Real-time Classification from Short Event-Camera Streams using Input-filtering Neural ODEs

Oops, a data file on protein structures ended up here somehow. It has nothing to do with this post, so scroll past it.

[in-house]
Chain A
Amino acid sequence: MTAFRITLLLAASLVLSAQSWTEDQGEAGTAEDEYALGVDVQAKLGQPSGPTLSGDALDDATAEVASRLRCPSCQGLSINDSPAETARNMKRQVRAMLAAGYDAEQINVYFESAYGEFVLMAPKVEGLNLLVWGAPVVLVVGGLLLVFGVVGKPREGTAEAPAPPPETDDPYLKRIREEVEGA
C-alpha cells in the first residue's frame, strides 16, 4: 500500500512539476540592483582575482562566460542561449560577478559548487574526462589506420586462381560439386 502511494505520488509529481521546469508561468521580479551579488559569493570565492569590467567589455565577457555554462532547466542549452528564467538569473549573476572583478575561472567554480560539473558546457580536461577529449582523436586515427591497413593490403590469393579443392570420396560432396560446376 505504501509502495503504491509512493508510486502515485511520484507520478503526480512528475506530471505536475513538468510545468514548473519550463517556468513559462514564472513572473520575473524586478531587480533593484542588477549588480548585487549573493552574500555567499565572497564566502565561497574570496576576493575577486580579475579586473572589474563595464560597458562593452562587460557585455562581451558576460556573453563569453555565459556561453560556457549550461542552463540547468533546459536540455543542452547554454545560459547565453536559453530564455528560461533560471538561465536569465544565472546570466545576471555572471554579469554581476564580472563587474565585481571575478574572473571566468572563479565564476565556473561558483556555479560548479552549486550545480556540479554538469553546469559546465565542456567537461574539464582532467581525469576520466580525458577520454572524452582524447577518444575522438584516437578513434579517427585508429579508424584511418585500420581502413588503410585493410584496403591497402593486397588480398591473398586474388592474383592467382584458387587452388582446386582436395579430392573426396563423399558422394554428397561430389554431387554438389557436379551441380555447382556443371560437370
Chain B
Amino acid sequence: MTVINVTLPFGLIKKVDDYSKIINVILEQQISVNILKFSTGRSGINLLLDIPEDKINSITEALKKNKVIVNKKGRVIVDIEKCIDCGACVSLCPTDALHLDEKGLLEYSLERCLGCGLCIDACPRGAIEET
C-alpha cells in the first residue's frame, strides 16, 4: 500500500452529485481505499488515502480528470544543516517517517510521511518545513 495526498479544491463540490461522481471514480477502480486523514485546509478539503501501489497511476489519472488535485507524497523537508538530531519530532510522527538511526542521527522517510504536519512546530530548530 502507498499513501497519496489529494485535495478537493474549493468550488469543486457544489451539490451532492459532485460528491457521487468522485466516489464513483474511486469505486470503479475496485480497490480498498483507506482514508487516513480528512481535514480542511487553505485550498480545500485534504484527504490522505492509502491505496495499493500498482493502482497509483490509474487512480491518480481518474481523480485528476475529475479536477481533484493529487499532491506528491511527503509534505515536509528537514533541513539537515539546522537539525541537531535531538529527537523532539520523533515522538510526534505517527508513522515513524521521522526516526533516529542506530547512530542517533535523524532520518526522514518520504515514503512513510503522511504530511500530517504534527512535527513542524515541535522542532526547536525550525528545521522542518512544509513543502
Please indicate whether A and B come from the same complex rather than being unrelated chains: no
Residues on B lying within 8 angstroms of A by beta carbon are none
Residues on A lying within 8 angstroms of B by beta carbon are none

Event-based cameras are novel, efficient sensors inspired by the human vision system, generating an asynchronous, pixel-wise stream of data. Learning from such data is generally performed through heavy preprocessing and event integration into images. This requires buffering of possibly long sequences and can limit the response time of the inference system. In this work, we instead propose to directly use events from a DVS camera, a stream of intensity changes and their spatial coordinates. This sequence is used as the input for a novel \emph{asynchronous} RNN-like architecture, the Input-filtering Neural ODEs (INODE). This is inspired by the dynamical systems and filtering literature. INODE is an extension of Neural ODEs (NODE) that allows for input signals to be continuously fed to the network, like in filtering. The approach naturally handles batches of time series with irregular time-stamps by implementing a batch forward Euler solver. INODE is trained like a standard RNN, it learns to discriminate short event sequences and to perform event-by-event online inference. We demonstrate our approach on a series of classification tasks, comparing against a set of LSTM baselines. We show that, independently of the camera resolution, INODE can outperform the baselines by a large margin on the ASL task and it's on par with a much larger LSTM for the NCALTECH task. Finally, we show that INODE is accurate even when provided with very few events.

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